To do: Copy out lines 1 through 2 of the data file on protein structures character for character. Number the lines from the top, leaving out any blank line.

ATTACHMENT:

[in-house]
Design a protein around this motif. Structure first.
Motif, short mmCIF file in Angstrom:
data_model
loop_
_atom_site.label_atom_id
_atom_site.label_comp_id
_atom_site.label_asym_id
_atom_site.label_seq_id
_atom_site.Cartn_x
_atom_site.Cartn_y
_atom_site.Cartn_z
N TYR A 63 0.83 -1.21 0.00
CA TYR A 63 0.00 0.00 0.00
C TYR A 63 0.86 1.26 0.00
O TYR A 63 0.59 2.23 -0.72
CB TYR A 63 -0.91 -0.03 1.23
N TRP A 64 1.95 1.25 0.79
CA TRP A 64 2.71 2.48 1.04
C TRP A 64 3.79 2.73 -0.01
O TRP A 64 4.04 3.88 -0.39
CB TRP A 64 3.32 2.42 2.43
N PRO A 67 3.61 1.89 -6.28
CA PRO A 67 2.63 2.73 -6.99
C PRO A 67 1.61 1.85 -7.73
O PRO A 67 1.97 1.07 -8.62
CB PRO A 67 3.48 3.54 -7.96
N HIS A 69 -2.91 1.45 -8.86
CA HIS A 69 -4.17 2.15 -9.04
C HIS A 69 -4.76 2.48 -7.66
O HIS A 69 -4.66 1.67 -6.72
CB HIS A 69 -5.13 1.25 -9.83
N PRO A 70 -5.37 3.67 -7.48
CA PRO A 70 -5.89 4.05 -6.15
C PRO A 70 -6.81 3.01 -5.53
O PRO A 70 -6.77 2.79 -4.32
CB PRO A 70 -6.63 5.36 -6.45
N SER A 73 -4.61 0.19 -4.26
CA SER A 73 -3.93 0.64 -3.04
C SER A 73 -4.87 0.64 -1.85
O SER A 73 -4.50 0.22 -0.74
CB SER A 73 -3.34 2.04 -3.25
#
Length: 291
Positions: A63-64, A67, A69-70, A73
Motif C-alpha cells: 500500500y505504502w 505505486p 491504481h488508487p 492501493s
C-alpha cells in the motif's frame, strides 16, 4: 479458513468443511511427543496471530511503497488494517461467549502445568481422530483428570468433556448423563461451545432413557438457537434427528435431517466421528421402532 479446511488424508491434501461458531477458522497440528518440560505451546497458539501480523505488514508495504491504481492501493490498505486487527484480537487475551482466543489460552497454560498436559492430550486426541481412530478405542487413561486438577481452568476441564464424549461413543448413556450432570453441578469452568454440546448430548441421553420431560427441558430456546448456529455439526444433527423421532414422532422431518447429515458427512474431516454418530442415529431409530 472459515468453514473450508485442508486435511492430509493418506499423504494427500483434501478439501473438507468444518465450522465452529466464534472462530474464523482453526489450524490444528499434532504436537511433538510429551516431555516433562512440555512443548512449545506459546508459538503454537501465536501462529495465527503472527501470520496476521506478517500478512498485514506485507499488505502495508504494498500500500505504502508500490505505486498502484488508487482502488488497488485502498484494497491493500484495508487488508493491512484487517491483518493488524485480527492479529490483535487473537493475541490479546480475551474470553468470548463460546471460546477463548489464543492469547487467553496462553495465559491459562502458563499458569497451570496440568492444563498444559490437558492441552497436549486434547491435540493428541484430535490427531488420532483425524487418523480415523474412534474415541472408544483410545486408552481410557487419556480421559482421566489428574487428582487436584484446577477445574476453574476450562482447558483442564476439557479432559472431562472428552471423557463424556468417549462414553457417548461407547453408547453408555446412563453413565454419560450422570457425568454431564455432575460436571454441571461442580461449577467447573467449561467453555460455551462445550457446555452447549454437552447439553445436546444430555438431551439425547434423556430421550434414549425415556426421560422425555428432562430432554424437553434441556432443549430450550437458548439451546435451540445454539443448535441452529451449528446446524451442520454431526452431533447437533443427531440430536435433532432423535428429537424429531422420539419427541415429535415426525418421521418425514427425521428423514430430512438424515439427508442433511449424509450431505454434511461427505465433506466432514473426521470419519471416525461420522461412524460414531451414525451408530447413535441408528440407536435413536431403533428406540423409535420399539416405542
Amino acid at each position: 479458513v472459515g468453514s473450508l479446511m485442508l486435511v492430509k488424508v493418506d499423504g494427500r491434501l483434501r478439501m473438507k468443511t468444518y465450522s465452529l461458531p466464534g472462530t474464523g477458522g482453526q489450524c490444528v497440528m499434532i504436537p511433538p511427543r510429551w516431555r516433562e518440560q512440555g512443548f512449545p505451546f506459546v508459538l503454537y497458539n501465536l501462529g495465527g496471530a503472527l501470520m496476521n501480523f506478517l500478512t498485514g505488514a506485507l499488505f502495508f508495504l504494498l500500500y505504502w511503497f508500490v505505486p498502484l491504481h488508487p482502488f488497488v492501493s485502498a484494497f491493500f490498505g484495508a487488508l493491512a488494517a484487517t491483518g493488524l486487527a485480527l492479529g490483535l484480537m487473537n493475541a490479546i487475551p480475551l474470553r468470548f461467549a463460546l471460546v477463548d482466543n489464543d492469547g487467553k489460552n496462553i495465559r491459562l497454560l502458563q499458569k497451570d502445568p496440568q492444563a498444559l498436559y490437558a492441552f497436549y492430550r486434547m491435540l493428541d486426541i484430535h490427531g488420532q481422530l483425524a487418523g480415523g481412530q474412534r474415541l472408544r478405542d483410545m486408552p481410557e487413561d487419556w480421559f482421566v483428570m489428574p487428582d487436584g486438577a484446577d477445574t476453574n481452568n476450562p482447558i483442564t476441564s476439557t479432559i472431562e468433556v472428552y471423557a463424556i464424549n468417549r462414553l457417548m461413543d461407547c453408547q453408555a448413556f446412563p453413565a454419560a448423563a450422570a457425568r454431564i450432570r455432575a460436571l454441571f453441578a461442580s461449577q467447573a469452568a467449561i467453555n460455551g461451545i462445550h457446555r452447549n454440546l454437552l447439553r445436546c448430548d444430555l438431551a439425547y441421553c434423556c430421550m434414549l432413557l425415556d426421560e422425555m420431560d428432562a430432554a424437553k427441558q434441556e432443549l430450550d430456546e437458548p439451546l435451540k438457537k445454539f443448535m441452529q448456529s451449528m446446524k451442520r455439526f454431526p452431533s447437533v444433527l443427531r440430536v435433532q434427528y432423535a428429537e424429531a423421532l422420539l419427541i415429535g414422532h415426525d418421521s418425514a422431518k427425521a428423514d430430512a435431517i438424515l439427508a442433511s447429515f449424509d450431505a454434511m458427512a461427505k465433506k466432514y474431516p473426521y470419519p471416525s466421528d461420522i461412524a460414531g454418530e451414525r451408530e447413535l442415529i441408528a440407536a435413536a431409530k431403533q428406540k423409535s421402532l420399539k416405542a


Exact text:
[in-house]
Design a protein around this motif. Structure first.